The Roman cult of Mithras derived from ancient oriental religious forms and was a cult of mysteries born of interpretatio romana. This cult had a small presence in the Roman world of the early empire, but in the third century A.D. it spread vigorously in the Danube provinces such as Dacia, finding a great number of worshippers.
As a doctrine of the soul, Mithraism assured its initiates of a “neoplatonic salvation”. The doctrine had three main principles: Tauroctony (the central relief bearing the scene of the stabbing of the bull), the mithraeum and the system of initiation grades. Closed to commoners, the mithraic cult was reserved exclusively for men and had seven initiation grades: corax, nymphus, miles, leo, Perses, heliodromus, and pater. The “liturgy” was held in underground sanctuaries (mithraea), far from the public gaze. Its members met for dinners. The sanctuary was supposed to be a miniature copy of the universe and the seven spheres (planets).
A large number of worshippers of Mithras are attested in Dacia. More than 300 mithraic objects have been discovered, including reliefs and representations of secondary divinities associated with the cult. This is not unconnected to the fact that many military units were stationed in the province. In the two cities of ancient Apulum, there were about 30 adepts of Mithras and several sanctuaries dedicated to his cult, being the second community after the capital Ulpia Traiana Sarmizegetusa.
Inside the mithraea, by the weak light of lamps, in darkness rather than light, a common liturgy was officiated (fig. 5). The actors of the ceremony were dressed in proper clothes, some of them wearing masks with personal symbols. They washed their hands and faces in the sanctuary’s basin. The room with no windows induced an atmosphere of mystery. Altars and statues filled the room of the sanctuary, and the air was hard to breathe not only because of lack of ventilation, but also from the smoke of the lamps and the offerings of meat burning on the altar. On the ceiling, the painting seemed to move in the mute play of the small torches: a mixture of flavors, lights, and shadows, part of a mysterious and slightly unsettling picture, in which the sounds murmured by a choir or the prayers of initiates ripped through the silence of an eternally holy place. The worshippers of Apulum were not few. Many of them were soldiers. Leaving their heavy weapons outside the temple, once they entered the sanctuary they discovered a world in which they allowed themselves to be initiated. Freed men, soldiers, and officers bowed down in front of ever victorious Mithras and of the reliefs depicting him in the celebrated scene slaughtering the bull. The most prominent of them was Marcus Valerius Maximianus, legatus augusti, who probably had the role of spreading the cult among the soldiers of the Thirteenth Twin Legion. The leader of such a community of worshippers, a pater, had to obtain all seven grades of initiation and to have a good knowledge of astronomy. The initiated were required to take a sacred oath, which we know from a famous papyrus: “I swear on the name of the god who separates the sky from the earth, the light from the darkness, day from night, east from west, life from death, creation from oblivion, that I shall preserve and hold the mysteries I have learned from Him. . . . If I keep the oath, I shall be helped by good luck, but if I do not, I shall be cursed. My road up into the spheres shall be checked by Cautopates and by Cautes. Nabarze Sol Invictus Mithras.” Such initiation ceremonies ended with banquets, where people ate bread with wine and poultry dishes.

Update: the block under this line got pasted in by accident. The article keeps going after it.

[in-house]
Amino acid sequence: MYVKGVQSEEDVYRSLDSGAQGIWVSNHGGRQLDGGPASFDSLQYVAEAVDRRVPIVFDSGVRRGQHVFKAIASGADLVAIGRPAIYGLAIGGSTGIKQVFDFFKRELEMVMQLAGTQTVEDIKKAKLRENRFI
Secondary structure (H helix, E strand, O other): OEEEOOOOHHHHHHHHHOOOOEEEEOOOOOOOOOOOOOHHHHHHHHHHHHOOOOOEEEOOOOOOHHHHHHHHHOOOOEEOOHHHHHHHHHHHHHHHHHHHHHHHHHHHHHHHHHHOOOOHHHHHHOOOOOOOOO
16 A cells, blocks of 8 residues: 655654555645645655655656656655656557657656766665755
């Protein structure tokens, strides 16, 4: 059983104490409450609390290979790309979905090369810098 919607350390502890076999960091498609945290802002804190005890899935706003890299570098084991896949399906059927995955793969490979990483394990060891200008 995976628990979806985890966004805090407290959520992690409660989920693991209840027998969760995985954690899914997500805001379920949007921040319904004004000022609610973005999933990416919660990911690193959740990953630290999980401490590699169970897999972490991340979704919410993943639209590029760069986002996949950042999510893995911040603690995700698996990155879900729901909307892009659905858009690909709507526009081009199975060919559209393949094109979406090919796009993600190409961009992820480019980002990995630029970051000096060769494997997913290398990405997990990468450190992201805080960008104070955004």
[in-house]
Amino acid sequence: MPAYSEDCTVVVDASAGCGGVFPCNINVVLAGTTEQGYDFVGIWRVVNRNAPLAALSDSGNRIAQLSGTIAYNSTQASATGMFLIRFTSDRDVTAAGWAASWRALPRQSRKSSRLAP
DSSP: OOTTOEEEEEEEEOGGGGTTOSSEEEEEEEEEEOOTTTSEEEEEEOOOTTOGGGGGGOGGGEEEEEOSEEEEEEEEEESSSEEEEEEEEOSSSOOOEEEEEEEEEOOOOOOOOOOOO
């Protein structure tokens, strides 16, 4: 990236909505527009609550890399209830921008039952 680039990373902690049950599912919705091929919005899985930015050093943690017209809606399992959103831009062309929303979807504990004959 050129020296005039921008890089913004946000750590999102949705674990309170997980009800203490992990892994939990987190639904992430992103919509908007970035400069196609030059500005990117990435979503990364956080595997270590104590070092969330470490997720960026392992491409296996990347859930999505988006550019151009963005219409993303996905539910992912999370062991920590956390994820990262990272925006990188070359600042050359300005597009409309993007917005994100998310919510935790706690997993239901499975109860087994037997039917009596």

Mithras images in Roman art represented essential episodes from his life, such as his birth from rock (Mithras Petrogenitus) and the slaughter of the bull (Mithras Tauroctonus). The sculptural art from Apulum, often presenting iconographic “anomalies”, most frequently displays him as Mithras Tauroctonus, in which Mithras appears as an individual wearing Persian clothes and a Phrygian cap. Such a monument (fig. 4), the largest of this type in Dacia, was discovered in 1905 in Partoș (Colonia Aurelia Apulensis, today neighborhood of Alba Iulia). Perhaps it occupied the central position in a sanctuary. Several such pieces were collected by Adalbert Cserni, the curator of the museum of Alba Iulia (figs. 1-3). From his correspondence with the famous specialist of Mithras studies, Franz Cumont, we observe his interest in understanding the iconography of this god at Apulum as well as the early integration of local discoveries into worldwide scientific circles. Recently, the earliest mithraeum of Apulum has been undergoing archaeological investigations. The final results of the research will most likely bring many answers to questions regarding the cult of this god in Apulum and an improved knowledge of the manifestations of the local cult in Dacia and the Danube provinces.
The spreading of Christianity in the third and fourth centuries A.D. stirred a real persecution of this god, who was expelled from the Roman pantheon. Some scholars debate a possible “competition” between Mithraism and Christianity, the two having similar theological and spiritual bases. Although in 307 A.D., at Carnuntum, Emperor Diocletian proclaimed Mithras protector god of the whole Roman Empire, gradually this god was “expelled” from cities, his sanctuaries being sacked and stolen, and the mystery of the central altar falling into oblivion. However, the modern world is rediscovering and recreating this god, as an “esoteric” god, even semi-Christian, suggestively called Mithras Internetus(!): a god of mysteries, at once ancient and modern, to whom we bid farewell using the salute employed by his worshippers: Nama, nama! (C. I. P.)